My reviews are sadly backed up, and it’s overdue to get another one posted on the new site. My review of Peter Spiegelman’s Dr. Knox first appeared as a starred review in Shelf Awareness for Readers. I’m posting it today with their permission. Hope you enjoy.
Dr. Adam Knox means well, but as the saying goes, the road to Hell is paved with good intentions. The good doctor is laying down his stepping-stones at a rapid rate. Knox runs a medical clinic in Los Angeles near Skid Row and lives in an apartment above the clinic. Since his typical clientele isn’t exactly leaving him flush, he moonlights–with the help of his friend former Special Forces agent Ben Sutter–taking hush-hush house calls from people who can’t or won’t publically seek medical help. But these jobs are cake compared to the young boy who shows up at his clinic.
When Alex arrives at Knox’s office, he’s suffering from a potentially life-threatening allergic reaction. Knox and his capable staff stabilize the young patient only to discover the boy doesn’t speak English and his mother has vanished. Knowing all too well how Children’s Services works, the doctor wants to attempt to find the boy’s mother before calling them. His good intention, however, goes beyond paving a road; it is the key to unlocking the gates of Hell. And not just for himself, but also for everyone he cares about.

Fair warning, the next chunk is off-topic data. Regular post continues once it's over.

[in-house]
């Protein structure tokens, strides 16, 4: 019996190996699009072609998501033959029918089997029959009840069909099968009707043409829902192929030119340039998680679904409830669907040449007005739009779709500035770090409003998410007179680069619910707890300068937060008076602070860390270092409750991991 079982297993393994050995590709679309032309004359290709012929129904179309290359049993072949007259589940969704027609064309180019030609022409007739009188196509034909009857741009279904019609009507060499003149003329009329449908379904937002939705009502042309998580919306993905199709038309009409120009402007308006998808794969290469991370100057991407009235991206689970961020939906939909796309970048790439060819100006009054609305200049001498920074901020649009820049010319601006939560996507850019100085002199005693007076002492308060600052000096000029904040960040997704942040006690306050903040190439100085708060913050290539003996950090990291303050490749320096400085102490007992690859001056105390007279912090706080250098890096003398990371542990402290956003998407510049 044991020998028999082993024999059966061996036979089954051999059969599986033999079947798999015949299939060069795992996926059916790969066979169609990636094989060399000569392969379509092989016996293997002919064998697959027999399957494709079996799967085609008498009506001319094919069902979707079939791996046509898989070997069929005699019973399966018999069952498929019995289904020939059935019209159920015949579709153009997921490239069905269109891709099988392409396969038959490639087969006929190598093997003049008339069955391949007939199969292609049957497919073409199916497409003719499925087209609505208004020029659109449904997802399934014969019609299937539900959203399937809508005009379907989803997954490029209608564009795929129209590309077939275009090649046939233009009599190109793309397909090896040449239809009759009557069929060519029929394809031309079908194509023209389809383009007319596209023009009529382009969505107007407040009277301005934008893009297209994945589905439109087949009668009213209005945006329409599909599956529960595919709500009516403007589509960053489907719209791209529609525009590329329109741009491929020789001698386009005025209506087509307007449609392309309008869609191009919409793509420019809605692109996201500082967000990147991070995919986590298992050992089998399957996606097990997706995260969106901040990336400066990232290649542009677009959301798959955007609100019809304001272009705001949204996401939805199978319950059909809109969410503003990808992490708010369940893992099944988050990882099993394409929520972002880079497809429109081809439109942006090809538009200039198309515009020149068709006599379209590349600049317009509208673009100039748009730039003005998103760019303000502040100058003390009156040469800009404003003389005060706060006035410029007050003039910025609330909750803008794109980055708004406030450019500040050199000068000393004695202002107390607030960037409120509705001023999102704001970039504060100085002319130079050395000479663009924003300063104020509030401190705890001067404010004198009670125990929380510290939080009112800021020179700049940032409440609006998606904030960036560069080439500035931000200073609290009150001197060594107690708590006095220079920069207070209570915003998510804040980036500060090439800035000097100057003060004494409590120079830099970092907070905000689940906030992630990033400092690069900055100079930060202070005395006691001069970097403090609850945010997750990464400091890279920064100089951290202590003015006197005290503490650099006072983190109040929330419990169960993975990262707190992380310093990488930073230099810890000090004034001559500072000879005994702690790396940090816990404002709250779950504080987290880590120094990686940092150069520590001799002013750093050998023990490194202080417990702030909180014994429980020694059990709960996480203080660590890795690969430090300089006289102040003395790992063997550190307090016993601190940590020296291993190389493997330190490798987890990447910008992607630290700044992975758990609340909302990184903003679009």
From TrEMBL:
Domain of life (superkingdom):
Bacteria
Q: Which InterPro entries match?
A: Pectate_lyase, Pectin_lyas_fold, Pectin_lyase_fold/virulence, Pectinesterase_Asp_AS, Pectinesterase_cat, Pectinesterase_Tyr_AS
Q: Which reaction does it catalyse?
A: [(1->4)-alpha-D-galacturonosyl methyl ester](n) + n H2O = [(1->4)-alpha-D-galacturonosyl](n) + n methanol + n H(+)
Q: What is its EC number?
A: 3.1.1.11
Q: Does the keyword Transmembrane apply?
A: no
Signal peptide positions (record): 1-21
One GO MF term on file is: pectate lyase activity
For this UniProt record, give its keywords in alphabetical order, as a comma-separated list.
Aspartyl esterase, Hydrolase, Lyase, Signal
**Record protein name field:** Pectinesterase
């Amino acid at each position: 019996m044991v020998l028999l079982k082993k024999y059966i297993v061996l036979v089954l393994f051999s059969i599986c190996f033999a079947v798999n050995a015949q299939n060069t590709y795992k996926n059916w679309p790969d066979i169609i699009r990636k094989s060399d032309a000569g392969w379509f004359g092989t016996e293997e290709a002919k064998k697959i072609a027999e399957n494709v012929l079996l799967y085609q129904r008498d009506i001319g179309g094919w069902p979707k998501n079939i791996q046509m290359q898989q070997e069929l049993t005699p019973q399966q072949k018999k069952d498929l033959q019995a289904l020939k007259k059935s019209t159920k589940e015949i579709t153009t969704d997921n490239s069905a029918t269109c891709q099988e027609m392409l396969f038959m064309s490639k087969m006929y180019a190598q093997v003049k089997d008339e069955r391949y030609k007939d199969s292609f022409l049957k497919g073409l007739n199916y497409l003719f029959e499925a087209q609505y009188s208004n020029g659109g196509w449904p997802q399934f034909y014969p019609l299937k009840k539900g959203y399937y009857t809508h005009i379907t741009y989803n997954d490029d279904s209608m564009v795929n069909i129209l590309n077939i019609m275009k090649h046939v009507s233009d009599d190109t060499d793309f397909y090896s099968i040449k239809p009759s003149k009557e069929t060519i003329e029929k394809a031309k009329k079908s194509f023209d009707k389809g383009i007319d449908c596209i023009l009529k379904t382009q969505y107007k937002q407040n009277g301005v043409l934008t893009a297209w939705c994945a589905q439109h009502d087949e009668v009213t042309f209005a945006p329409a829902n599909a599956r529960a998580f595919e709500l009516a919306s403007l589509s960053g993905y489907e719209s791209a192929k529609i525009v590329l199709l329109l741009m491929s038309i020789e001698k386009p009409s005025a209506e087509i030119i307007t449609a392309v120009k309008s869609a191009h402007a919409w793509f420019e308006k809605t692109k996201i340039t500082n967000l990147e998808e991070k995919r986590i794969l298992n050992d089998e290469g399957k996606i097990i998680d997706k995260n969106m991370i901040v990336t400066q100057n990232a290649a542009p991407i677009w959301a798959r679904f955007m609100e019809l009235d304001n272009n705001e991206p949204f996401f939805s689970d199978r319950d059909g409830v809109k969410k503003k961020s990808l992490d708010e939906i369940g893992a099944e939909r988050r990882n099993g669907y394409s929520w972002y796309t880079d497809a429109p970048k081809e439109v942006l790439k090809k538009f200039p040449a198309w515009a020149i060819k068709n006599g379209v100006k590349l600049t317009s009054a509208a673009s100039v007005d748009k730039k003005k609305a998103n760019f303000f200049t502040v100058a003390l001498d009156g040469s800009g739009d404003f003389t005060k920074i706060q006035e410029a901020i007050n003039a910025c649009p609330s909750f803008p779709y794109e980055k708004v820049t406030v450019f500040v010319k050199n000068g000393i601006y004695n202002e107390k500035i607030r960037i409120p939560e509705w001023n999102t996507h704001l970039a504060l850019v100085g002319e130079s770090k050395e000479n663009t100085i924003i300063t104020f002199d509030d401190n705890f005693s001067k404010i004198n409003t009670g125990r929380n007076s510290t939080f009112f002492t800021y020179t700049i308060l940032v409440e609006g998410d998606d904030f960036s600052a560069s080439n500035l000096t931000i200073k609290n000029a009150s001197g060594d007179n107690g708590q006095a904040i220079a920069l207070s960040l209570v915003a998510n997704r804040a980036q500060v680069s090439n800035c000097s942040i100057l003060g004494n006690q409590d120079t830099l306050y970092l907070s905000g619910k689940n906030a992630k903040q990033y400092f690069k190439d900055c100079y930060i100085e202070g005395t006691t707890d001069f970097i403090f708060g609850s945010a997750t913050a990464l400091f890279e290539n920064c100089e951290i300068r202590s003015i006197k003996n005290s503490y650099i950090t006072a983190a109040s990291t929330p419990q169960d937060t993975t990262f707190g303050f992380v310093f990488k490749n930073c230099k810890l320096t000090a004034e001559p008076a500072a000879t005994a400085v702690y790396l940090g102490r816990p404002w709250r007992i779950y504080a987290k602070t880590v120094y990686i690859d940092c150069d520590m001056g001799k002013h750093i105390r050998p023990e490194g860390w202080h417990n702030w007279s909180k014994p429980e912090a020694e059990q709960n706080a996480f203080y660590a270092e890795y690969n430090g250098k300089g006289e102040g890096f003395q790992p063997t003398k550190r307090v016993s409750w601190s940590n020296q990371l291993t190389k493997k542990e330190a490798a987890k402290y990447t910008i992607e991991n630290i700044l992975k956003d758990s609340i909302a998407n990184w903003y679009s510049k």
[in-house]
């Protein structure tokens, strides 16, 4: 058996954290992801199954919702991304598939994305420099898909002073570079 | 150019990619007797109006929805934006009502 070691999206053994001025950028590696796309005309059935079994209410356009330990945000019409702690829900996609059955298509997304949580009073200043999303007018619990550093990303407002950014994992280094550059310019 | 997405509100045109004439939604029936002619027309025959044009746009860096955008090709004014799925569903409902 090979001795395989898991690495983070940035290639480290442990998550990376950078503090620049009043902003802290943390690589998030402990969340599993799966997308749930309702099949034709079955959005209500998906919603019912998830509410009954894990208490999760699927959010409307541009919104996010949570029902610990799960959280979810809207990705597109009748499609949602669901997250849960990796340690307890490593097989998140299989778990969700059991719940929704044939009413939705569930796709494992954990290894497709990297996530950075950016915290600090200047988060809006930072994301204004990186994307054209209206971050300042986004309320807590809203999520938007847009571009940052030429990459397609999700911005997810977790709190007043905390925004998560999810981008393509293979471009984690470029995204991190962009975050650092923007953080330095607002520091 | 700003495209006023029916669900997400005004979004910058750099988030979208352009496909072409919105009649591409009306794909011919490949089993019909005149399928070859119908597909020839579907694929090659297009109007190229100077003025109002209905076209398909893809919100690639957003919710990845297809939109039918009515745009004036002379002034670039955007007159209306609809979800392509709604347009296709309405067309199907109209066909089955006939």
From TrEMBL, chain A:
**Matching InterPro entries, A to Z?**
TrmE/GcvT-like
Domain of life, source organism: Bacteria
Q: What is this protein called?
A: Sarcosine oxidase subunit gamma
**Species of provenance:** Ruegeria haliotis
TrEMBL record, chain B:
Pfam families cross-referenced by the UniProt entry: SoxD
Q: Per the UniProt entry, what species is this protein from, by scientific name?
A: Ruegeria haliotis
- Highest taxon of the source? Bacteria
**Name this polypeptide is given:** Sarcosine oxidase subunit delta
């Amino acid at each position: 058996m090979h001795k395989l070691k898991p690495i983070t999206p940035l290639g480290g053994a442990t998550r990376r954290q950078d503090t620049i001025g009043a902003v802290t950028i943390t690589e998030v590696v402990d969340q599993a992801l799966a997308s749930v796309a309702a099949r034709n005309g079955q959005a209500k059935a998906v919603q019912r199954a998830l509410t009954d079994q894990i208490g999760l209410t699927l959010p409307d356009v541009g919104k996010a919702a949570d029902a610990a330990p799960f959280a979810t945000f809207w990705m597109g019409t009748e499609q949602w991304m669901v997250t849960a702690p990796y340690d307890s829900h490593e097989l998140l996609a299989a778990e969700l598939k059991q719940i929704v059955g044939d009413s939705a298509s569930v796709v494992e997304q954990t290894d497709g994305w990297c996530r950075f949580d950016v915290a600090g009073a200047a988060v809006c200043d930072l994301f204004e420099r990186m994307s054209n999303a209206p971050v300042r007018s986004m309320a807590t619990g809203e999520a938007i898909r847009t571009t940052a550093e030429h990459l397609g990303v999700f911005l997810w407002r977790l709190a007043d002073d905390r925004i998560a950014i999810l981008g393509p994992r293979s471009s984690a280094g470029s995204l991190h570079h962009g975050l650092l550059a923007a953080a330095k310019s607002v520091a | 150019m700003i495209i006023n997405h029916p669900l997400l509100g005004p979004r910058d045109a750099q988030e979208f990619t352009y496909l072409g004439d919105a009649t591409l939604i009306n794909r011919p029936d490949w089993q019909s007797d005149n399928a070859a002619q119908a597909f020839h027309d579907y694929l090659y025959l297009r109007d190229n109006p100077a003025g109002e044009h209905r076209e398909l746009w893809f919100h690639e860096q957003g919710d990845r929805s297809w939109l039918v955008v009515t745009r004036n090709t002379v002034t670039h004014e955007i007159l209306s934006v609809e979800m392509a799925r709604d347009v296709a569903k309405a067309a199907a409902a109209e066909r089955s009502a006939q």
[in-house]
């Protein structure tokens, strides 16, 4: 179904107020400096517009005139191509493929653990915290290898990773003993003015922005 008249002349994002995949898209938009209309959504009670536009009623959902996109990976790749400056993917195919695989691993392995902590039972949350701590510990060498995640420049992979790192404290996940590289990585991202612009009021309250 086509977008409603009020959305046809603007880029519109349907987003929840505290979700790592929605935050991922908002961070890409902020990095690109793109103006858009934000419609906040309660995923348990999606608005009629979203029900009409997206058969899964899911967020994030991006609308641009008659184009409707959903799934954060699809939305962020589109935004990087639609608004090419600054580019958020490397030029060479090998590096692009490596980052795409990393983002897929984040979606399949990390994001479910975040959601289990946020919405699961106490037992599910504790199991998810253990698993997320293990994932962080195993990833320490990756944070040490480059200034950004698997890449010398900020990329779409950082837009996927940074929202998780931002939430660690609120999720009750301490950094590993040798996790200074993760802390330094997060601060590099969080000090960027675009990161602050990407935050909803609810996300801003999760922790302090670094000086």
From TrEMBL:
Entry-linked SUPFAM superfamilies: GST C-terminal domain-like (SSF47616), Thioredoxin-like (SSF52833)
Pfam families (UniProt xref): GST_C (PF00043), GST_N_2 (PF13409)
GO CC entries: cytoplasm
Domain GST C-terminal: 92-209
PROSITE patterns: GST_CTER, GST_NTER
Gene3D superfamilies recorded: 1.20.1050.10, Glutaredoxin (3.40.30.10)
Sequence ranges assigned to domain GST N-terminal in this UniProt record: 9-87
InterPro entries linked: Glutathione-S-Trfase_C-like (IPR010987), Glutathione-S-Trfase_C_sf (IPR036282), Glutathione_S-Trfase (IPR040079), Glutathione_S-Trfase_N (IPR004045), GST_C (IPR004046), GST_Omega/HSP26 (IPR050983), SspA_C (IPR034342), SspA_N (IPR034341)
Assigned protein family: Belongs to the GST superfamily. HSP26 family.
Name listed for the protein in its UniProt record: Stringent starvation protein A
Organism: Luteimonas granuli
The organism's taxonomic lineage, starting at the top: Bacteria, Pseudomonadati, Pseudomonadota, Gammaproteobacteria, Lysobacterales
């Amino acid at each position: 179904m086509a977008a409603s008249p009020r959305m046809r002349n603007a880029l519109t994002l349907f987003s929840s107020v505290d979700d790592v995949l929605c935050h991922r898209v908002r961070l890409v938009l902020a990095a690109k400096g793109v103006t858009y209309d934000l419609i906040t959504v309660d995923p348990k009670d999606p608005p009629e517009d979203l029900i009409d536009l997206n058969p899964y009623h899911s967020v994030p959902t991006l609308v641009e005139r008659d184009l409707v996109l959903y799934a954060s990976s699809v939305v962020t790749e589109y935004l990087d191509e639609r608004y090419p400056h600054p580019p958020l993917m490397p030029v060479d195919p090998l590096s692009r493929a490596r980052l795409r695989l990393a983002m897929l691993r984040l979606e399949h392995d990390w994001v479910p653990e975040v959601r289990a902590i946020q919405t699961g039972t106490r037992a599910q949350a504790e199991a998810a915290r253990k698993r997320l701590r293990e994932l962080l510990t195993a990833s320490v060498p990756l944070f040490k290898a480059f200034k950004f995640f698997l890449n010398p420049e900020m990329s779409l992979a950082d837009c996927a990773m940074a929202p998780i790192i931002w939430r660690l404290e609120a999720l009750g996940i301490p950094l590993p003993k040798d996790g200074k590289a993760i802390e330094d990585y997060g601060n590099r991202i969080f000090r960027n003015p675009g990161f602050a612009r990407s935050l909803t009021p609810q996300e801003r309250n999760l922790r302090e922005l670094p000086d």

Dr. Knox is feverishly suspenseful. Peter Spiegelman ramps up the stakes for Knox with catch-22s and tests of his integrity. He spreads a layer of grime over Los Angeles with manipulation, corruption and filth, successfully blocking out the rays of hope and leaving his well-meaning doctor no options if he won’t play dirty himself. Dark, evocative and riveting, perdition’s never been so inviting.